Christopher Ashley, director of "Merrily," wasn't bothered by Mr. Hayden's youngish mien when he invited the actor to audition for the part. He had seen Mr. Hayden in his award-winning role as Billy Bigalow in the Royal National Theatre/Lincoln Center Theater production of Rodgers and Hammerstein's "Carousel" and in several straight dramatic roles, one of them being Pete Gurney's "Far East" at Lincoln Center, and in "Judgment at Nuremburg," which won Mr. Hayden a Tony Award nomination.
"He was superlatively prepared," Mr. Ashley recalls, adding that an audience's ambivalence about a character doesn't rule out the fact that "it's so much Frank's show. He is the lead character, after all, whose music is heard throughout."
A greater frustration, in Mr. Hayden's opinion, is the show's relatively brief Kennedy Center run of 14 performances in view of the lengthy preparation and rehearsal time that at one point involved three days of 12 hours each for technical run-throughs.
"Normally," he says, "you have got a couple of weeks at least to work out the kinks. Two shows on top of tech here and, bam, you are right into it."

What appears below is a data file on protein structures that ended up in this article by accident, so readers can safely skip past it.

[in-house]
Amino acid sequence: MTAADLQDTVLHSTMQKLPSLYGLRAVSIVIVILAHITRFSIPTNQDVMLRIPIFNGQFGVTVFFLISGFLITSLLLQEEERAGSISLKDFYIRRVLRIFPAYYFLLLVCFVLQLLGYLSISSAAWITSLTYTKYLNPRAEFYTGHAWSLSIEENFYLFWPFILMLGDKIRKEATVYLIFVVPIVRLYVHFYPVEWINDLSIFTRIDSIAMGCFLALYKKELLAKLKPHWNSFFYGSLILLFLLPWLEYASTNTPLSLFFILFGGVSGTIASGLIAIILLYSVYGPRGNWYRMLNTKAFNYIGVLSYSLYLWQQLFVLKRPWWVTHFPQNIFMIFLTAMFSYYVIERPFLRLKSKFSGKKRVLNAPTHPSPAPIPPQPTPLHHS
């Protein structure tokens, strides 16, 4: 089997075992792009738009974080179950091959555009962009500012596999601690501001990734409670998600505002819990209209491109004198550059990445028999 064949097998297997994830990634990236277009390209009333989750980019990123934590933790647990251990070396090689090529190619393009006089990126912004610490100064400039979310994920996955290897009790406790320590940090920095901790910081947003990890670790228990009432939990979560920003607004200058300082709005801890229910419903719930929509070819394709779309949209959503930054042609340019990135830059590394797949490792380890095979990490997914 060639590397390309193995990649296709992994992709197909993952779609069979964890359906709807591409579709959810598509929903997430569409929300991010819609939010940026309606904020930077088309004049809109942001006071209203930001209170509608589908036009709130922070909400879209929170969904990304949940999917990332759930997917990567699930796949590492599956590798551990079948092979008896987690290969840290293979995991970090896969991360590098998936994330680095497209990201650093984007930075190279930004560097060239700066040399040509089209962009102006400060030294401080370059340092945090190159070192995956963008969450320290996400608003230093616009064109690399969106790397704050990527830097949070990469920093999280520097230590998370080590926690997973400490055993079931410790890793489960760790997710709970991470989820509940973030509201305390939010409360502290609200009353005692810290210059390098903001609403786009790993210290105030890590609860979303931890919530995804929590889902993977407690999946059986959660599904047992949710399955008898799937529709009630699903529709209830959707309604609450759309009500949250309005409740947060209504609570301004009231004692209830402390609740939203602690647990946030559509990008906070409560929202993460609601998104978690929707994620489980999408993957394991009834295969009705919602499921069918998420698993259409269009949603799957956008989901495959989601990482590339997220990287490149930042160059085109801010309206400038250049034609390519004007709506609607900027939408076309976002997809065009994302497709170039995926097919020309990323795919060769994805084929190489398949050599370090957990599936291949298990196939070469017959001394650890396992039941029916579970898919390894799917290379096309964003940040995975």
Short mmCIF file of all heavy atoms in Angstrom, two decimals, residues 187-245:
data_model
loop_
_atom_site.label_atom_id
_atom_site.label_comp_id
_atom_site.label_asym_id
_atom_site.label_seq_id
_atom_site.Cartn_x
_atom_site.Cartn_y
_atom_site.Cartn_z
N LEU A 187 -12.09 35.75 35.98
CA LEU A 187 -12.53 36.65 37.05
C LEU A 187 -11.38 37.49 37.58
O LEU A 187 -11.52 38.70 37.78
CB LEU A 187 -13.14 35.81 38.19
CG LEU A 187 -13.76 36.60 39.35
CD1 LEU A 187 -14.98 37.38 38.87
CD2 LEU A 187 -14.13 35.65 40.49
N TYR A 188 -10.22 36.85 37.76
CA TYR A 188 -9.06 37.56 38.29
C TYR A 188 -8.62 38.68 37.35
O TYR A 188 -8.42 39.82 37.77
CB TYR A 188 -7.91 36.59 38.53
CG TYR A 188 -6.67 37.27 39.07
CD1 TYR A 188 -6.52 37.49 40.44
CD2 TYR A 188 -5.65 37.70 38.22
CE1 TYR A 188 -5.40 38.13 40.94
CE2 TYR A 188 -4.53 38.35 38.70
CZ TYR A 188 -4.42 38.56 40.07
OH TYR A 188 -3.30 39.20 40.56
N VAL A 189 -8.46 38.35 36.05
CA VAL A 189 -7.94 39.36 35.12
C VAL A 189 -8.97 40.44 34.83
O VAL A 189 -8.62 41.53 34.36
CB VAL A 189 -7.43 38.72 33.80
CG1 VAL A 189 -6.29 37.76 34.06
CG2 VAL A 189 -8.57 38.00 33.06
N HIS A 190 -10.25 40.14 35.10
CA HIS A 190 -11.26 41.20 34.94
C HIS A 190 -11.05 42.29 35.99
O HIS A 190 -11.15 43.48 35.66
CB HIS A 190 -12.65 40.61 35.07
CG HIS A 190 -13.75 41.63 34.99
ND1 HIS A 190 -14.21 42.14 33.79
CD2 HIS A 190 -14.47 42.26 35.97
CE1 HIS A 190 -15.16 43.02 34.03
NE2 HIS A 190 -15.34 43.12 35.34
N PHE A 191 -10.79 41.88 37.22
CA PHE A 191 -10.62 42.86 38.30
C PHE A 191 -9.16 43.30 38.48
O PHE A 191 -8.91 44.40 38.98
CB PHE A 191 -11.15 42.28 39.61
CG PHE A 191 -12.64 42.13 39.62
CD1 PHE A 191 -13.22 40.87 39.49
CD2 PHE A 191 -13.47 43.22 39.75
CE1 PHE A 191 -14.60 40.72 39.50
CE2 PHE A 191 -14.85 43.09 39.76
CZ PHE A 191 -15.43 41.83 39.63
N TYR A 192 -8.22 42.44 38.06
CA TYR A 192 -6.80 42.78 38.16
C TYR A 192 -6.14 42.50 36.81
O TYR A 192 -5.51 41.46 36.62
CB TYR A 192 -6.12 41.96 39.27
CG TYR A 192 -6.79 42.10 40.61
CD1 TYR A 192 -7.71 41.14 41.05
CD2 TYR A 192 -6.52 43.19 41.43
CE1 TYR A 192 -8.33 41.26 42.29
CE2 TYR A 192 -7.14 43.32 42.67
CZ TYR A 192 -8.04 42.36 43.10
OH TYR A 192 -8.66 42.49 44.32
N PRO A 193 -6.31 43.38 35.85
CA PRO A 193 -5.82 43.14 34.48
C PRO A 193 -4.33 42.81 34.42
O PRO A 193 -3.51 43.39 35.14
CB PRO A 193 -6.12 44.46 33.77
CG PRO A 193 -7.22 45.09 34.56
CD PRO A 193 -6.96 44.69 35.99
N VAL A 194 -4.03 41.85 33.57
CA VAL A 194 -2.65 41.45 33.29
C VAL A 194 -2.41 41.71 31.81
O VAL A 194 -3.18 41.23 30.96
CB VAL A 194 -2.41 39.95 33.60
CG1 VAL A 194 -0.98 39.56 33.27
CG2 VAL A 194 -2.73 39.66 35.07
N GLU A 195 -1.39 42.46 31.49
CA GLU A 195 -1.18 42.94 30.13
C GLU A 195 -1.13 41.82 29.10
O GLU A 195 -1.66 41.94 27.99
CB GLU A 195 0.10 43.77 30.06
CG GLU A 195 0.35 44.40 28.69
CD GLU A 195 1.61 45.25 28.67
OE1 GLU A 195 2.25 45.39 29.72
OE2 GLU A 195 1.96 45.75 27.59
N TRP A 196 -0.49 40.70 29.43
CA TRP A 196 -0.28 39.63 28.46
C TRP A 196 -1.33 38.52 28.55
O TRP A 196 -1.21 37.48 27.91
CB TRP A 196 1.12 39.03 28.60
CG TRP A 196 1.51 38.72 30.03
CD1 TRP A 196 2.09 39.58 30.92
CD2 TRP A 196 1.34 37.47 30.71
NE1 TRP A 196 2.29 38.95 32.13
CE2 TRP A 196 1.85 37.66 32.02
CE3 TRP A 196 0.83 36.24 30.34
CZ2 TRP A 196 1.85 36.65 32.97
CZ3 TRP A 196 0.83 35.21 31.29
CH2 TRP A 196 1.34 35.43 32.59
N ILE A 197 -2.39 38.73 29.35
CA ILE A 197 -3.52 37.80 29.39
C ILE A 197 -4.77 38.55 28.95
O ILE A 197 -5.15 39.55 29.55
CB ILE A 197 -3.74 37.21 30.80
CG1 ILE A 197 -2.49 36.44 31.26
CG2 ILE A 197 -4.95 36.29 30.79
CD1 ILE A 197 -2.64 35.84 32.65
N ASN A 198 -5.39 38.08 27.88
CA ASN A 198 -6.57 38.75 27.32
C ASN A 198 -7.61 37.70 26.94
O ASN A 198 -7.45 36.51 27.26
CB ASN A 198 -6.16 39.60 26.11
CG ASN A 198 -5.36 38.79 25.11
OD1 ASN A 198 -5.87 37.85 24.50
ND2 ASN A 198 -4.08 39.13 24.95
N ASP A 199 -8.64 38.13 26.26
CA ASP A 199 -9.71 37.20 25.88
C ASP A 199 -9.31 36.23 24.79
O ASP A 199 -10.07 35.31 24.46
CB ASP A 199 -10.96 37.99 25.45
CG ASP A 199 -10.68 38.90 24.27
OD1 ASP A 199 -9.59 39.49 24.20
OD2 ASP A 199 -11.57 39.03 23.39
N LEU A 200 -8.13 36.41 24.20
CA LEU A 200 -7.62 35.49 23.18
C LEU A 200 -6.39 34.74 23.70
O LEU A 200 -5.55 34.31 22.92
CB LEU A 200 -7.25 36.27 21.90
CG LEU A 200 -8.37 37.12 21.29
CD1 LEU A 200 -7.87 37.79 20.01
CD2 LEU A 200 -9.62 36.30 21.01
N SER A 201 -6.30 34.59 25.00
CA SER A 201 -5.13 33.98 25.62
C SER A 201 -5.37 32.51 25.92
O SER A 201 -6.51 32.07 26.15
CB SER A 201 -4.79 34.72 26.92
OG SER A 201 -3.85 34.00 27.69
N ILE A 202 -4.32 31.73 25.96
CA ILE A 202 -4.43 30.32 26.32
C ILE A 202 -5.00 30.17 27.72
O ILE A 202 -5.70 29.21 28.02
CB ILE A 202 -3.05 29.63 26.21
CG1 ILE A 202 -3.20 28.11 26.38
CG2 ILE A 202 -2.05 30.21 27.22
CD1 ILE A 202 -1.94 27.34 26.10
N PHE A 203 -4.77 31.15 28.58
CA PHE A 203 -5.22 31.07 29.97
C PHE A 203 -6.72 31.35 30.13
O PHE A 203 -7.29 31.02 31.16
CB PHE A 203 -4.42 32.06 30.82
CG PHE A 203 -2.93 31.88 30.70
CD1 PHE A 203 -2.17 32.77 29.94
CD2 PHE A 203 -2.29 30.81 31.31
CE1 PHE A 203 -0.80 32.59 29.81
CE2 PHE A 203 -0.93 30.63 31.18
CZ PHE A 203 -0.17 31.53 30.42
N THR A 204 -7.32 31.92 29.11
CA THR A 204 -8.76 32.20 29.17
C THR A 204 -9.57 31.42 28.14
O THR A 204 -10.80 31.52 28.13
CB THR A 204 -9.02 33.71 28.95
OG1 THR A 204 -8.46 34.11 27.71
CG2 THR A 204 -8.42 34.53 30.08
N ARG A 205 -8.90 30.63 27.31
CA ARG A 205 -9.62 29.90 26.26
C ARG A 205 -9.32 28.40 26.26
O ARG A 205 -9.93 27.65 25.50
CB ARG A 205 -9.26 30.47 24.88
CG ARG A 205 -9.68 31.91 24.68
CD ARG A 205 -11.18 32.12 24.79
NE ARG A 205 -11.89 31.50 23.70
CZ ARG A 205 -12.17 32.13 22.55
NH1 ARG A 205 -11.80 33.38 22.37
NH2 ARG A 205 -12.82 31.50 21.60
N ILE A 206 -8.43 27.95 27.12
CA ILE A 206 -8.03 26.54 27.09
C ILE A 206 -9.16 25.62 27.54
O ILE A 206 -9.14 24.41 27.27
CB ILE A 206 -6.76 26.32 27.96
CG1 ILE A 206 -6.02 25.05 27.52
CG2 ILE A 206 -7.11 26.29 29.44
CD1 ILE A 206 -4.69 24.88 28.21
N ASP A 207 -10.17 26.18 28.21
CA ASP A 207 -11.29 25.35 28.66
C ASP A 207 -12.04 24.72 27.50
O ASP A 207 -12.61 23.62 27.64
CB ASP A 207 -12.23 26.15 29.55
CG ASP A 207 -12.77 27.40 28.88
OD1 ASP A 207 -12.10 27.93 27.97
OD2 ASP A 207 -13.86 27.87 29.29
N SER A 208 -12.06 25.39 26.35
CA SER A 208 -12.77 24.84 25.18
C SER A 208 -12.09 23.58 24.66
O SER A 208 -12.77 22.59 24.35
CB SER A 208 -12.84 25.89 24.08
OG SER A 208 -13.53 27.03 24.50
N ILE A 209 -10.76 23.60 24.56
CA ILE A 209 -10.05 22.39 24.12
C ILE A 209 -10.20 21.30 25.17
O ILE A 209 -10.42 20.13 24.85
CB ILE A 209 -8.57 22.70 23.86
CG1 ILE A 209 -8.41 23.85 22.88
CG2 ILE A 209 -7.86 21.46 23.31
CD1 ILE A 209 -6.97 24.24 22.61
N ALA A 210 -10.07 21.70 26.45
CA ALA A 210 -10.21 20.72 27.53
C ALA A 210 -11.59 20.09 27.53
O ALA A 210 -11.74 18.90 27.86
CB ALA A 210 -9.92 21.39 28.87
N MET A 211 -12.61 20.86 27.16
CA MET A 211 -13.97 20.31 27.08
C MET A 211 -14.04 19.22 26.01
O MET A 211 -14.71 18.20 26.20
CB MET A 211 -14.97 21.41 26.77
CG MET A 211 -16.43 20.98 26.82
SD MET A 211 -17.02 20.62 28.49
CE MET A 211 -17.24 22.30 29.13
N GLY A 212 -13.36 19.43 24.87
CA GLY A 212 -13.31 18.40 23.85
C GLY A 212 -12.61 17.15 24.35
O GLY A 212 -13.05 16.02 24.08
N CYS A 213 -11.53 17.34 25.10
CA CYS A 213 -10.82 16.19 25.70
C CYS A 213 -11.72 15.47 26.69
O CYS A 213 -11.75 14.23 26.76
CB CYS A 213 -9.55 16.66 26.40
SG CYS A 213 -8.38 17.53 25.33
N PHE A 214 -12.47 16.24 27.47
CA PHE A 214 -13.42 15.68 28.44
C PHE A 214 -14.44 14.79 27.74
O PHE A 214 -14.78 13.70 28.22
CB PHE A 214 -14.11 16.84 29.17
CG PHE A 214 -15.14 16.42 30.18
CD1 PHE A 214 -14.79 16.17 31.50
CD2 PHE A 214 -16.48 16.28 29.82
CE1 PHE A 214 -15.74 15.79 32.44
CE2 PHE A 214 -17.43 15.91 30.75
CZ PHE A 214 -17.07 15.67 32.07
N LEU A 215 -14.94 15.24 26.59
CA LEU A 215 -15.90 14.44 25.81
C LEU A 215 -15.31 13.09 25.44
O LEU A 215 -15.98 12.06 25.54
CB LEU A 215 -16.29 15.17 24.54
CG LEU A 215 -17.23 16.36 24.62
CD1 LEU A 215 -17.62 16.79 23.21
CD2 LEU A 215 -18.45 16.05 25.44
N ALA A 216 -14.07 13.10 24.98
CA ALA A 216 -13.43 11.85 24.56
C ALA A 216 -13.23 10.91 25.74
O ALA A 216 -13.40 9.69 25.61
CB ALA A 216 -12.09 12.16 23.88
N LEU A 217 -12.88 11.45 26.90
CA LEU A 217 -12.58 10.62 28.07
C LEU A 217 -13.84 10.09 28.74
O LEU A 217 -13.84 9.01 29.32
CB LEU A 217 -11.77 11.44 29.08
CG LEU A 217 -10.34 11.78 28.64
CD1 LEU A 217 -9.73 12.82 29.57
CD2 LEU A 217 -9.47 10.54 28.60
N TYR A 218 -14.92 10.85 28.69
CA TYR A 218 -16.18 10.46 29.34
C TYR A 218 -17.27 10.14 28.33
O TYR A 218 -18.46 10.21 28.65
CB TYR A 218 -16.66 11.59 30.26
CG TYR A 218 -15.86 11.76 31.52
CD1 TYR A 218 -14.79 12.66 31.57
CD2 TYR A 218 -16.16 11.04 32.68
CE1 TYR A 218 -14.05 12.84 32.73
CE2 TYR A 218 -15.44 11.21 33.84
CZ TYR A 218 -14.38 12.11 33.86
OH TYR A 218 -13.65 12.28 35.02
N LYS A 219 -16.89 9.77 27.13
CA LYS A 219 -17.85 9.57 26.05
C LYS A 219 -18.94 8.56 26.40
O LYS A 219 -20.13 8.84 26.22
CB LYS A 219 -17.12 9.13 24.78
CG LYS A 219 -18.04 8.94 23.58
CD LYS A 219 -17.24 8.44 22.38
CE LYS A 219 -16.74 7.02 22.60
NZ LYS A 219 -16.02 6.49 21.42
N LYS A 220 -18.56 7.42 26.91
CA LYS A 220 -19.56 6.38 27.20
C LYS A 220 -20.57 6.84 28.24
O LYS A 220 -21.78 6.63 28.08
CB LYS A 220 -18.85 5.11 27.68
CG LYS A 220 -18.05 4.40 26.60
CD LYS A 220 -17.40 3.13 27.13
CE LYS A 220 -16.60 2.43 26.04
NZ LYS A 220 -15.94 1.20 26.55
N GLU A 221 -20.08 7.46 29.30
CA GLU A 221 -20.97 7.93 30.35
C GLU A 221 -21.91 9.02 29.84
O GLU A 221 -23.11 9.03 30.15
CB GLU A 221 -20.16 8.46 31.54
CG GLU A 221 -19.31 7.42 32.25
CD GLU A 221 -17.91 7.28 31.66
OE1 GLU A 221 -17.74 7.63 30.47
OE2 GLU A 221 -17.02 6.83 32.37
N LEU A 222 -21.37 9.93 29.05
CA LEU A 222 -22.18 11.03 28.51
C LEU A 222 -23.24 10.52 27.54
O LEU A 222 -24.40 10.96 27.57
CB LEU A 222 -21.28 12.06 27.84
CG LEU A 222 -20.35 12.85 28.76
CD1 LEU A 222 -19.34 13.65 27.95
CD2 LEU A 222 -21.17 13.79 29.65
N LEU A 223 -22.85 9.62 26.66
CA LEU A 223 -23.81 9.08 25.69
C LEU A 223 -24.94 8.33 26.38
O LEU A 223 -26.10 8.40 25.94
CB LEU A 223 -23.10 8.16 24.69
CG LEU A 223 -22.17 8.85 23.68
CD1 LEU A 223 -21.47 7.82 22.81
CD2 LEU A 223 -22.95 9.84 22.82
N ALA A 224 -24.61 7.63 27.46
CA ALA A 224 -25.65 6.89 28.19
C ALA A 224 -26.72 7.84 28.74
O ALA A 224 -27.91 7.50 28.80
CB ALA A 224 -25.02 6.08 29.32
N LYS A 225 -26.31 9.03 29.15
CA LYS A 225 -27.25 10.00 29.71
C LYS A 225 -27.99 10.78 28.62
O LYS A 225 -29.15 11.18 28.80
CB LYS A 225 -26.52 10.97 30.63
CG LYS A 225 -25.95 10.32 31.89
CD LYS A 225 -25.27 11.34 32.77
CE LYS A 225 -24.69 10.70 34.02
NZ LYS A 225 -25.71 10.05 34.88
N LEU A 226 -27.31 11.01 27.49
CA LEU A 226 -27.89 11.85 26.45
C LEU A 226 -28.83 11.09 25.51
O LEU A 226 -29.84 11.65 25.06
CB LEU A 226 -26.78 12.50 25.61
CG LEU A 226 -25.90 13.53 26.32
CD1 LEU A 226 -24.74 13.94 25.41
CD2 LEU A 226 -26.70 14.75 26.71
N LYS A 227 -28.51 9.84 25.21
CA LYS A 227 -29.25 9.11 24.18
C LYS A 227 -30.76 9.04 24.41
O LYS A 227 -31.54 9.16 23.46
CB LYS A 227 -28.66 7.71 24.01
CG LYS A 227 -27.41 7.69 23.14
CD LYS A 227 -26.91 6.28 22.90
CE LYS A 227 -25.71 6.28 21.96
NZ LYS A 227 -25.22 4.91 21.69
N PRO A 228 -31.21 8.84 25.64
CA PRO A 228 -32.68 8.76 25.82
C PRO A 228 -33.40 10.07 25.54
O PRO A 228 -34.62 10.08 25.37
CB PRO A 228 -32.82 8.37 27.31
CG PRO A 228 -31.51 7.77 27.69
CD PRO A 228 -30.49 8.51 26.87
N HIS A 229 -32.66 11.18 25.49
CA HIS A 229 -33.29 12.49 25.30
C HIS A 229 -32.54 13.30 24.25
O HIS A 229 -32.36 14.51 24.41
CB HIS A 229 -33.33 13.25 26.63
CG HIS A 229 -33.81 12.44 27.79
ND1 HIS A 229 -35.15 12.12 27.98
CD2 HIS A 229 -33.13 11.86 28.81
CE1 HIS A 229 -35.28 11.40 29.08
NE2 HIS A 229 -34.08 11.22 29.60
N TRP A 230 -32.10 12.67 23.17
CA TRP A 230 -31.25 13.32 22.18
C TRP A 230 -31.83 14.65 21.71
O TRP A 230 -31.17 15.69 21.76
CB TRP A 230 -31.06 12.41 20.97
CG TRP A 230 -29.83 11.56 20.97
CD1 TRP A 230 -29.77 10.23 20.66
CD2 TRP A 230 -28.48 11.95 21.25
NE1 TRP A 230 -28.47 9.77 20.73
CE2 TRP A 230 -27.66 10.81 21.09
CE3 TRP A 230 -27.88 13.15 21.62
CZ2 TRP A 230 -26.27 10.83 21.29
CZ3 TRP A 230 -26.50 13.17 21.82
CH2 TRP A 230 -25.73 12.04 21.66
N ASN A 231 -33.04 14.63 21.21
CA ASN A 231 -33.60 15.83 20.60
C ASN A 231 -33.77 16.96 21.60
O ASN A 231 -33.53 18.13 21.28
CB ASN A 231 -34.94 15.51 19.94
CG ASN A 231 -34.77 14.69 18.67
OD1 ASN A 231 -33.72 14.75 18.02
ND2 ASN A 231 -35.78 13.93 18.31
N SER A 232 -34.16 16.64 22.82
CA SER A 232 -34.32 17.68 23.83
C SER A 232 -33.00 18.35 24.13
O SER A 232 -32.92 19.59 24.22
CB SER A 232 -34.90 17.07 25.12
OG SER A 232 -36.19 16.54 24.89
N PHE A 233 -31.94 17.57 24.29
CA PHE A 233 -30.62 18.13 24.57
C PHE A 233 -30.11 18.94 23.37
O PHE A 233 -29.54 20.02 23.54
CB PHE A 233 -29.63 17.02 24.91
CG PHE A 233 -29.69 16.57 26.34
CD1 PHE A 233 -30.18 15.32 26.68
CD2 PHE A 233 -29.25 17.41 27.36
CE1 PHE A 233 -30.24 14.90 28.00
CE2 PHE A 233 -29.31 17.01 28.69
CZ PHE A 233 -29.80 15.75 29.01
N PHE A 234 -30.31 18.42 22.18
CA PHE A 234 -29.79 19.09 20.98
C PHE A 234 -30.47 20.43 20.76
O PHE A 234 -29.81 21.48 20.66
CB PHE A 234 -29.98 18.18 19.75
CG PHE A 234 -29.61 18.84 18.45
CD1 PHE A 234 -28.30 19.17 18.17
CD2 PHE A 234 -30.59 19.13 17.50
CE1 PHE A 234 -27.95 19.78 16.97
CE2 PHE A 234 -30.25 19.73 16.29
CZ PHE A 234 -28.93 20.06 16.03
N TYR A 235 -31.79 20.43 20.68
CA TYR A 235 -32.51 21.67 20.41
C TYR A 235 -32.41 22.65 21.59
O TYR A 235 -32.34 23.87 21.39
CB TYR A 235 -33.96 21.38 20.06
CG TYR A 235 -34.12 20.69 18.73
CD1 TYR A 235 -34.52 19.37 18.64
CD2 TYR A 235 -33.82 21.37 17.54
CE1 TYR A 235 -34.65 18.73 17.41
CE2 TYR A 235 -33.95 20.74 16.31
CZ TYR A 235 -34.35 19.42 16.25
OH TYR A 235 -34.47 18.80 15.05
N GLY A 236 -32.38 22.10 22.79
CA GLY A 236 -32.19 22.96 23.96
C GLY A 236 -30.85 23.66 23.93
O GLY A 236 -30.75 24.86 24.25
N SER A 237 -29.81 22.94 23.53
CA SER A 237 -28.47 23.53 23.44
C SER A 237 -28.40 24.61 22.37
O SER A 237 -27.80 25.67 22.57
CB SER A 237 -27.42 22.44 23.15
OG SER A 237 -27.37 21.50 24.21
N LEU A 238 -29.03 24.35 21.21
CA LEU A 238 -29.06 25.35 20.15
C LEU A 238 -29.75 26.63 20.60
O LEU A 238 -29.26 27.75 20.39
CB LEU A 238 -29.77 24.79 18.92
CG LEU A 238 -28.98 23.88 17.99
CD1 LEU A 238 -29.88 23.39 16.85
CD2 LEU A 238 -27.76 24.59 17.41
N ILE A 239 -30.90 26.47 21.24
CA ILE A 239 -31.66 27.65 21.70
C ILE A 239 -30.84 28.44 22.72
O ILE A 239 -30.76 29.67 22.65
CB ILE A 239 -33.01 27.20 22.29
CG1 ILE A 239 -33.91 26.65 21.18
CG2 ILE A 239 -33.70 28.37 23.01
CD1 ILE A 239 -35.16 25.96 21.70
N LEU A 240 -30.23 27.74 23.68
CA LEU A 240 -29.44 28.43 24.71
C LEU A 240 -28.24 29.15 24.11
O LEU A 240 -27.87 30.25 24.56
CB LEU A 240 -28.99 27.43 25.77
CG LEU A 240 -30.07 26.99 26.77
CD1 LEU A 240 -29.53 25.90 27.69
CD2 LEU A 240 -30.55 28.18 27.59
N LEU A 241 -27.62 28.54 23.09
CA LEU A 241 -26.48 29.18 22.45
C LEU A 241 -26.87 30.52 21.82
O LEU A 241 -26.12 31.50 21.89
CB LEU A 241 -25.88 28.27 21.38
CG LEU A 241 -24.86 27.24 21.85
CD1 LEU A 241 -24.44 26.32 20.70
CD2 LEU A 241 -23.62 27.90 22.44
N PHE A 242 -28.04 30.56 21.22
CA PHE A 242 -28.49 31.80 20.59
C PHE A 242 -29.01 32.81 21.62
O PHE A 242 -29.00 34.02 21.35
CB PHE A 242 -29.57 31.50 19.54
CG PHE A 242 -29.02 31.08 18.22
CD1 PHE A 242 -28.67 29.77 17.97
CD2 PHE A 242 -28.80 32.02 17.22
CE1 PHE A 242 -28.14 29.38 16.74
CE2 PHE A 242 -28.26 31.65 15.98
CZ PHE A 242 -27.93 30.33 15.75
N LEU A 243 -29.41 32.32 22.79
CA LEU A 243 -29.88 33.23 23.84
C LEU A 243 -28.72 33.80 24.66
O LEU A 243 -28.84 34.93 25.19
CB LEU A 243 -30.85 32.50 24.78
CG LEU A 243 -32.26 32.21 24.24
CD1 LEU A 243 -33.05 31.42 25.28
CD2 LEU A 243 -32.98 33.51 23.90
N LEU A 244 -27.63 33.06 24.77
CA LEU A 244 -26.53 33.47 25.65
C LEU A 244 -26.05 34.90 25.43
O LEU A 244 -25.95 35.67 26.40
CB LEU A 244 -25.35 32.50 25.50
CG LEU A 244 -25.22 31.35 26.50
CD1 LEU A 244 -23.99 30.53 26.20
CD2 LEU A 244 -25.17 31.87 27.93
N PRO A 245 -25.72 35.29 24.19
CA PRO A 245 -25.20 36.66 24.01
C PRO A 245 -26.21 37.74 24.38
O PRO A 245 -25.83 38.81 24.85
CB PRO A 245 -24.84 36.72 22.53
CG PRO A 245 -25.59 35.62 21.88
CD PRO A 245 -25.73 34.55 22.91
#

He had never seen any previous productions of "Merrily" it was judged a bomb when it debuted on Broadway in 1981 and deliberately did not listen to any recordings of the music before he auditioned. Nor did composer Stephen Sondheim confide any details about the inspiration for the show. A notably private man, Mr. Sondheim who came down from New York for rehearsals is also notably upfront about the way his work is performed.
A break in the performance schedule this week gave Mr. Hayden a chance to spend time in Spain with his family. His wife, actress Elizabeth Sastre, is English with Spanish relatives on her mother's side, he explains. The couple's home is in New Jersey, where they raise a daughter, Hannah, 6. Only twice have they found themselves working identical schedules and once recently they starred together in a show, a new musical called "Camila." His wife's parents came over to help out both times.
"We never have had a nanny or day care. Hannah knows what we do. We keep it really separate," he says.
Mr. Hayden grew up in Connecticut and attended St. John's University in Minnesota before going on to Juilliard, where he was taught by Michael Kahn. Mr. Kahn, now the head of Juilliard's drama department and the artistic director of Washington's Shakespeare Theatre, chose Mr. Hayden four years ago to star opposite Elizabeth Ashley in that theatre's production of Tennessee Williams' "Sweet Bird of Youth."
Mr. Hayden also has put in time performing for television, but after "Merrily," the future is open. "The only thing that is hard about my job is getting work getting a job you want to do to pay the bills," he says.
Art and money, money and art. A familiar refrain in several of Mr. Sondheim's musicals.